ASB votes to start office hours

ASB meeting included a presentation on how to evaluate sources


During the Associated Student Body meeting on Nov. 5, 2021, at American River College, the board addressed questions and concerns about how they would let students know their availability for office hours in the future. (Screenshot via ARC’s ASB’s Instagram)

The Associated Student Body of American River College voted to hold office hours in its Nov. 5 meeting. They were also joined by librarian Sarah Lehmann, who gave a presentation on how to appropriately evaluate sources and information, along with what the ARC library has to offer. 

The meeting started with ASB president Stacy Burrows talking about a previous meeting with two other districts’ colleges to discuss drafting a statement of support of the Asian Pacific Islander community, because of the recent anti-Asian sentiment. 

“There was a suggestion that boards of the college form ad hoc committees to hold town halls and conduct outreach at different campuses,” Burrows said.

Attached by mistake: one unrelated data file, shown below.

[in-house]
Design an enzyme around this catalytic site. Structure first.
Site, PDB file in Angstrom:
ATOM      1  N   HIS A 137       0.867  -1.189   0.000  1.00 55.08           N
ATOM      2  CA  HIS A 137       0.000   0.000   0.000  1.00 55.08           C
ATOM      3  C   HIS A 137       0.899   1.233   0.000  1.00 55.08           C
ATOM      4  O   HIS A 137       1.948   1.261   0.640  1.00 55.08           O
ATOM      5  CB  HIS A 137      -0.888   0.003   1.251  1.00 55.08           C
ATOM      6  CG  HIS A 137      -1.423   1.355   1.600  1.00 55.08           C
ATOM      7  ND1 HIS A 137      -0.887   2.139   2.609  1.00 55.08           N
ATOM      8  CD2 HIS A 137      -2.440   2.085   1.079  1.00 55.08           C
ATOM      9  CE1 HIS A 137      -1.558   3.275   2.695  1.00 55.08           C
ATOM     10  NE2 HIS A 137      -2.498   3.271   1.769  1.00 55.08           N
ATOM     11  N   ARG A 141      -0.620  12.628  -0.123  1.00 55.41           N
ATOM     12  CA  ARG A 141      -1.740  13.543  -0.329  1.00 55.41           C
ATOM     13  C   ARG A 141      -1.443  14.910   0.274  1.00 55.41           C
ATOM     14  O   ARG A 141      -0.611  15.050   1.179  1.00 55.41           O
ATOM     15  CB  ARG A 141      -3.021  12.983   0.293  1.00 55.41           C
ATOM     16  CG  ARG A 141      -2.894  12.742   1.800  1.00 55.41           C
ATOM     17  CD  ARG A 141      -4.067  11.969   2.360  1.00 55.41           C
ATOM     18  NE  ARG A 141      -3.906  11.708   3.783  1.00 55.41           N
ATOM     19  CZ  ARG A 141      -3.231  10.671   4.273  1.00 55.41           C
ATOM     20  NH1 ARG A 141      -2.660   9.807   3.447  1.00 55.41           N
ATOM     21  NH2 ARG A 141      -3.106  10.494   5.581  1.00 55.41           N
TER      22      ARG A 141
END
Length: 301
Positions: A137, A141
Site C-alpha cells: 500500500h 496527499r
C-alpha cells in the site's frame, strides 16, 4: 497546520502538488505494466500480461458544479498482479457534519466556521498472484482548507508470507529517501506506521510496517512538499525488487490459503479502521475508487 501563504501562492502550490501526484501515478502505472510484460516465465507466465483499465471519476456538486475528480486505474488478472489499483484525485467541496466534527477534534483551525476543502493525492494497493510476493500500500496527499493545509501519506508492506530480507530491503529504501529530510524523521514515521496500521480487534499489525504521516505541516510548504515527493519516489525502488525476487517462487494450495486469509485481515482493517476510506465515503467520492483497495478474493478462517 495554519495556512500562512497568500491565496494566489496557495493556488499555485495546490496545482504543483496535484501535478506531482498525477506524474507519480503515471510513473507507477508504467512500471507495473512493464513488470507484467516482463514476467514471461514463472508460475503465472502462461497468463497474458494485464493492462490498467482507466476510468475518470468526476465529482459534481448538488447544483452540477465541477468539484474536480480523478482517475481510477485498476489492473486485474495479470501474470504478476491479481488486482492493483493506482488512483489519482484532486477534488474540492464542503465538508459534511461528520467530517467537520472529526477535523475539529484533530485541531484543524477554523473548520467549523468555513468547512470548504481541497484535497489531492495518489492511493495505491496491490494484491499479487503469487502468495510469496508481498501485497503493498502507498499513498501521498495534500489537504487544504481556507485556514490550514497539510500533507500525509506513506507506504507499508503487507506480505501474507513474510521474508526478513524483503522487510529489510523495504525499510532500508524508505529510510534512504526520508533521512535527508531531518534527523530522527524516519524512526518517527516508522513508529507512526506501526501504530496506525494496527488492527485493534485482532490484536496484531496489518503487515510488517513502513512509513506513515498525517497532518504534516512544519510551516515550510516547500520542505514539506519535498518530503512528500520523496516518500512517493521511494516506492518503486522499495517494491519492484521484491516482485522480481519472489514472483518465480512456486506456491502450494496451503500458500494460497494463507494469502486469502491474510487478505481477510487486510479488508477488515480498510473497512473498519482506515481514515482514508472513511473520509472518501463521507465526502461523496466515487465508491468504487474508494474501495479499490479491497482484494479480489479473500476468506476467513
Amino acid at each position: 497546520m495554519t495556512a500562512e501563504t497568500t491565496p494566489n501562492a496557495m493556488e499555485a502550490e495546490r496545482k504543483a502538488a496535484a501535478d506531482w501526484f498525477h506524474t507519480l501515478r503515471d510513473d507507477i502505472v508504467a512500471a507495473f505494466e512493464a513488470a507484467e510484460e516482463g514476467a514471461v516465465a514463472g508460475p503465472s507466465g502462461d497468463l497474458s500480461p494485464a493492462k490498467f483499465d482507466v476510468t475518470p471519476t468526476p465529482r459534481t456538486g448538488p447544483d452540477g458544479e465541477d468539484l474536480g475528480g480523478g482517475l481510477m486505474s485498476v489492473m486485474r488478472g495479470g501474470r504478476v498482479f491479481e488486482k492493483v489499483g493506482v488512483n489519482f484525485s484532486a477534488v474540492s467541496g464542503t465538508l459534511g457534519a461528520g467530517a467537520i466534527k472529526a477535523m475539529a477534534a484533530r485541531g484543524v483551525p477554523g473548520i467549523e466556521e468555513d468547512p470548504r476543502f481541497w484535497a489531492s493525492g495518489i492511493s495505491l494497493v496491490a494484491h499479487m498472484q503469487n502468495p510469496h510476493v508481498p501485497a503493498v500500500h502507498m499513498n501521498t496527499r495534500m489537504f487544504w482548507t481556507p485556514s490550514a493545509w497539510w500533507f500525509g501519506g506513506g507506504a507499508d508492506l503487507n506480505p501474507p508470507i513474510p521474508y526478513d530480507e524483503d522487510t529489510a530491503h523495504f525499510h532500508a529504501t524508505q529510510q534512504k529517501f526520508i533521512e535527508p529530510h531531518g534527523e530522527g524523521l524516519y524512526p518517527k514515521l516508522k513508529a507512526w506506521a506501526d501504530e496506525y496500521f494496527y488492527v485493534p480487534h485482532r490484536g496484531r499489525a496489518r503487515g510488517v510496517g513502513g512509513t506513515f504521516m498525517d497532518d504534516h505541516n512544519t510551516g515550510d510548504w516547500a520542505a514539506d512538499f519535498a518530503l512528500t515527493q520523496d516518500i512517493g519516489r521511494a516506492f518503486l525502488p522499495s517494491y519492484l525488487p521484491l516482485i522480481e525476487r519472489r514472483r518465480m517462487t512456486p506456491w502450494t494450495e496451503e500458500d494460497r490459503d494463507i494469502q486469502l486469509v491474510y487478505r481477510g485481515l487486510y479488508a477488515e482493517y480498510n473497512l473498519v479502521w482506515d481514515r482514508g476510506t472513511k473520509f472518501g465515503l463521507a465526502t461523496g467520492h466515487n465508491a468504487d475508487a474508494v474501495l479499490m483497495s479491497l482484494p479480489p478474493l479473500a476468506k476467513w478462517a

This opened up the discussion of the chair’s message. 

During last week’s meeting, ASB tabled the discussion about having office hours and it was moved to the club’s next agenda. 

According to ASB’s Instagram, office hours is a time where students can bring an issue to a specific board member.

Burrows sent a calendar in Google Sheets for students to input their availability, and Brett Sawyer, the ASB advisor, offered to put their schedule directly on the ARC website. 

Burrows opened up a discussion of unfinished business to confirm a date to start office hours.

However, there was some concern about how they were going to let students know if they were not available before or after a certain point.

“For example, if it is shared on Instagram or the website, we could add a note when that specific officer’s dates will be starting and all others effective immediately,” Burrows said.

The board motioned a roll call vote to start ASB office hours on Nov. 14. The vote passed with six “yes” votes and one “no”. 

The meeting moved on to a presentation by Lehmann, who focused on the key points of how to know if a source is trustworthy and why it is important to research to make sure a source is credible. 

“No one source can give you the absolute truth in a topic and you want to keep in mind that credibility so to speak is like a spectrum, and pieces of information that may be helpful in one context aren’t helpful in others,” Lehmann said.